Auranofin versus placebo in rheumatoid arthritis

  • Suarez-Almazor M
  • Spooner C
  • Belseck E
  • et al.
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Background: Auranofin is an oral gold compound used for the treatment of rheumatoid arthritis (RA). The use of auranofin has declined in the past few years, perhaps due in part to conflicting results from different studies. Objectives: To estimate the short-term efficacy and toxicity of auranofin for the treatment of (RA). Search methods: An electronic literature search was conducted using MEDLINE and EMBASE, followed by hand searches of the reference lists of the trials retrieved from the electronic search. Selection criteria: All randomized controlled trials (RCTs) and controlled clinical trials (CCTs) comparing auranofin against placebo in patients with RA. Data collection and analysis: The methodological quality of the trials was assessed using Jadad's score. Rheumatoid arthritis outcome measures were extracted from the publications for the 6-month endpoint. The pooled analysis was performed using standardized mean differences (SMDs) for joint counts, pain and global assessments. The weighted mean difference (WMD) was used for ESR. Toxicity was evaluated with pooled odds ratios for withdrawals and adverse reactions. A chi-square test was used to assess heterogeneity among trials. Fixed effects models were used throughout. Main results: A statistically significant benefit was observed for auranofin when compared to placebo for tender joint scores, pain, patient and physician global assessments and ESR. The standardized weighted mean difference between treatment and placebo was -0.39 (95% CI -0.54, -0.25) for tender joint scores, -0.08 (95% CI -0.22, -0.07) for swollen joint scores, and the weighed mean difference was -4.68 (95% CI -6.59, -2.77) for pain scores. The WMD for ESR was -9.85mm (95% CI -16.46, -3.25). Withdrawals from adverse reactions were 1.5 times higher in the auranofin group OR = 1.52 (95% CI 0.94, 2.46) but this result was not statistically significant. Patients receiving placebo were four times more likely to discontinue treatment because of lack of efficacy than patients receiving auranofin OR=0.29 (95% CI: 0.19, 0.43). Authors' conclusions: Auranofin appears to have a small clinically and statistically significant benefit on the disease activity of patients with RA. The beneficial effects appear to be modest compared to drugs such as methotrexate or parenteral gold. Its effects on long term health status and radiological progression are not clear at this time.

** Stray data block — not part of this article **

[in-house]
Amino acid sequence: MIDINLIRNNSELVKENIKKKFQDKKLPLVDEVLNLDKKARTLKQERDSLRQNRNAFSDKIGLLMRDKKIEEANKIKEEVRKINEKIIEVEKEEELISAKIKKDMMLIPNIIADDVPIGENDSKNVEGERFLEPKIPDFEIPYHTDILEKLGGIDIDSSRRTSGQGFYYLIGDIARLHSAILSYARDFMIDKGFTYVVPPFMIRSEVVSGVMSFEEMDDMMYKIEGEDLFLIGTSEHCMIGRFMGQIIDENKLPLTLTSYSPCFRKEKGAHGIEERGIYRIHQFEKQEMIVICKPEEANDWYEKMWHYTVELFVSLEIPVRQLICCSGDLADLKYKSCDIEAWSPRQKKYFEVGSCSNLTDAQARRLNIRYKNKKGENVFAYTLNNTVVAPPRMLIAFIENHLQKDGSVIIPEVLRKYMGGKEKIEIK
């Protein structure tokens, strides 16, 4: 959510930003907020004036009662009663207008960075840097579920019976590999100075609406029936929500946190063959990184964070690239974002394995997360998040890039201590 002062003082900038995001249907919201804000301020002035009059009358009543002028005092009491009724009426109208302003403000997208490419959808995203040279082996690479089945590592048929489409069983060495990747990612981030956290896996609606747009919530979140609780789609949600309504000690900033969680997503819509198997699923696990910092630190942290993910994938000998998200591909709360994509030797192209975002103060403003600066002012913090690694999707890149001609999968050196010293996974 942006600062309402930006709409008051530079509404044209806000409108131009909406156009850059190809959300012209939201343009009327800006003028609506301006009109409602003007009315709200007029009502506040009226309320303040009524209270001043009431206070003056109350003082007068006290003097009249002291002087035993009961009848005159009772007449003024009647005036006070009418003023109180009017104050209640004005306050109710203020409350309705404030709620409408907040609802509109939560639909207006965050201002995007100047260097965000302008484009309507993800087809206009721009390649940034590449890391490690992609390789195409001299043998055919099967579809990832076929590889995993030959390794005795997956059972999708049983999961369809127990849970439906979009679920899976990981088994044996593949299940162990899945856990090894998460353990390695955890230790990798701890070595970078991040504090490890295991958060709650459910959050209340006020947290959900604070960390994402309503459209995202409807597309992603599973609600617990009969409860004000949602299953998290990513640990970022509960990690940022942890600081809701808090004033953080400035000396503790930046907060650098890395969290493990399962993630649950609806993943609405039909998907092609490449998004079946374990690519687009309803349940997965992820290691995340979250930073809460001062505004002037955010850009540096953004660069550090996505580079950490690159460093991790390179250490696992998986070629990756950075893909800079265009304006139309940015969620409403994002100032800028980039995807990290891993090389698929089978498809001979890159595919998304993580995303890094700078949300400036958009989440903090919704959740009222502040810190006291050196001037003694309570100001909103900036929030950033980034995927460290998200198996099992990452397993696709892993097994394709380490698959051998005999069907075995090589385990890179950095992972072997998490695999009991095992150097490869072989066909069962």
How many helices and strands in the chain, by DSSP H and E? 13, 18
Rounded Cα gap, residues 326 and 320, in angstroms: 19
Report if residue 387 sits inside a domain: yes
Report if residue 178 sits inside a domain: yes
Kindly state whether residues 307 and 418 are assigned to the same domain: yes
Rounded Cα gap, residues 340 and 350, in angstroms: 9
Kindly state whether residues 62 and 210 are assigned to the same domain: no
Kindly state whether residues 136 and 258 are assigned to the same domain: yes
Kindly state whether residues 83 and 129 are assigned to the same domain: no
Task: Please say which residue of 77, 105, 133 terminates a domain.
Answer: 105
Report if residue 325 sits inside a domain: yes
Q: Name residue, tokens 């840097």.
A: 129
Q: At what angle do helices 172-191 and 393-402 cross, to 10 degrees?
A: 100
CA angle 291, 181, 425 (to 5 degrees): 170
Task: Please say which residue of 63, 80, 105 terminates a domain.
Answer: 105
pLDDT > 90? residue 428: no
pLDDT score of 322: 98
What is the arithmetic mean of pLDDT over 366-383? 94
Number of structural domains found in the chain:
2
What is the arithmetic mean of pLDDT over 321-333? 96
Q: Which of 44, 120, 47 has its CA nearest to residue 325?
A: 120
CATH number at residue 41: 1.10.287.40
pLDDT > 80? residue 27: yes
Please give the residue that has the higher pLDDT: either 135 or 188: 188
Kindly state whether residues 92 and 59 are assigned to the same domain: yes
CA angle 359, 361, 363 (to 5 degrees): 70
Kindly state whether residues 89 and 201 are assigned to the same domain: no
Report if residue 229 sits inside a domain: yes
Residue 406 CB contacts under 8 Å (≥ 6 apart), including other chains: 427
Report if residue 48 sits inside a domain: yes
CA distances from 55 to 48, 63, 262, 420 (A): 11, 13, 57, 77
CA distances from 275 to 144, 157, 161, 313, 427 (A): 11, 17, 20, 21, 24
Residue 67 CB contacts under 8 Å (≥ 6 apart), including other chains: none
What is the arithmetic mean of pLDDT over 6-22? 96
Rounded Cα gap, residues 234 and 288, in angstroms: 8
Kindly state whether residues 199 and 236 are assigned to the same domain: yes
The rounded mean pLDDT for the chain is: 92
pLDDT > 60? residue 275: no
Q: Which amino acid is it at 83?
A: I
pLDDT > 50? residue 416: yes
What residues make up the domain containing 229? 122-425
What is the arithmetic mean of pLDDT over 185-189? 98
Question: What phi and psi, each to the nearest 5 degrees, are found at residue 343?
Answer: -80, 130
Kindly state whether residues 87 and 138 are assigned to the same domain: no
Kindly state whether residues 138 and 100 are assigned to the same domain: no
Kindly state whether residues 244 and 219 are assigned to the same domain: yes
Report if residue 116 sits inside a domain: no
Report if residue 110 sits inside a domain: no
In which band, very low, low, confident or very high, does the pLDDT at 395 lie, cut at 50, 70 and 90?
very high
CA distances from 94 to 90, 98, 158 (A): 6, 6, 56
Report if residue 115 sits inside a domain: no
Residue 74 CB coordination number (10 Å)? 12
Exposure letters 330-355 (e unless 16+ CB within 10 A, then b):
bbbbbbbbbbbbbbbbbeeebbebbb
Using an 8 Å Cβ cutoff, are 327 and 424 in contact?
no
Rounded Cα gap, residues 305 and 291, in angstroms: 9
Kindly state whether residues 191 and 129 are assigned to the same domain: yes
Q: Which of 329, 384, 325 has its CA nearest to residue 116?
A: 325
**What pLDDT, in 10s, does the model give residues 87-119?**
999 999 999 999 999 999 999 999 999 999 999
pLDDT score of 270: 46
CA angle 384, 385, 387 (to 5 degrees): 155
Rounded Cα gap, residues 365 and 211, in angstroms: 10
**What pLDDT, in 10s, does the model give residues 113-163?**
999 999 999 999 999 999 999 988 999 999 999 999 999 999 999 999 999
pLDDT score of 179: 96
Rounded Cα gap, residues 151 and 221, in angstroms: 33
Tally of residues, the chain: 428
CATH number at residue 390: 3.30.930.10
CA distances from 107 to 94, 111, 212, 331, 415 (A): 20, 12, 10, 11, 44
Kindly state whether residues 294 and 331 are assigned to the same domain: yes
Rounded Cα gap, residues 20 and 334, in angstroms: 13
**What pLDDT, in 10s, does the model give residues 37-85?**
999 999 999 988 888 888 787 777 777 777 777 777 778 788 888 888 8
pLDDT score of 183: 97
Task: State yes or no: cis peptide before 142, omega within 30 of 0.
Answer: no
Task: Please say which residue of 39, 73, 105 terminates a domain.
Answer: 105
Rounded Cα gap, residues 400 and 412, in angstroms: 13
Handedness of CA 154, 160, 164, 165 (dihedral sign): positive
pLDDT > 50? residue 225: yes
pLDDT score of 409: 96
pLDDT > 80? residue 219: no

Suarez-Almazor, M. E., Spooner, C., Belseck, E., & Shea, B. (2000). Auranofin versus placebo in rheumatoid arthritis. Cochrane Database of Systematic Reviews, 2010(1).

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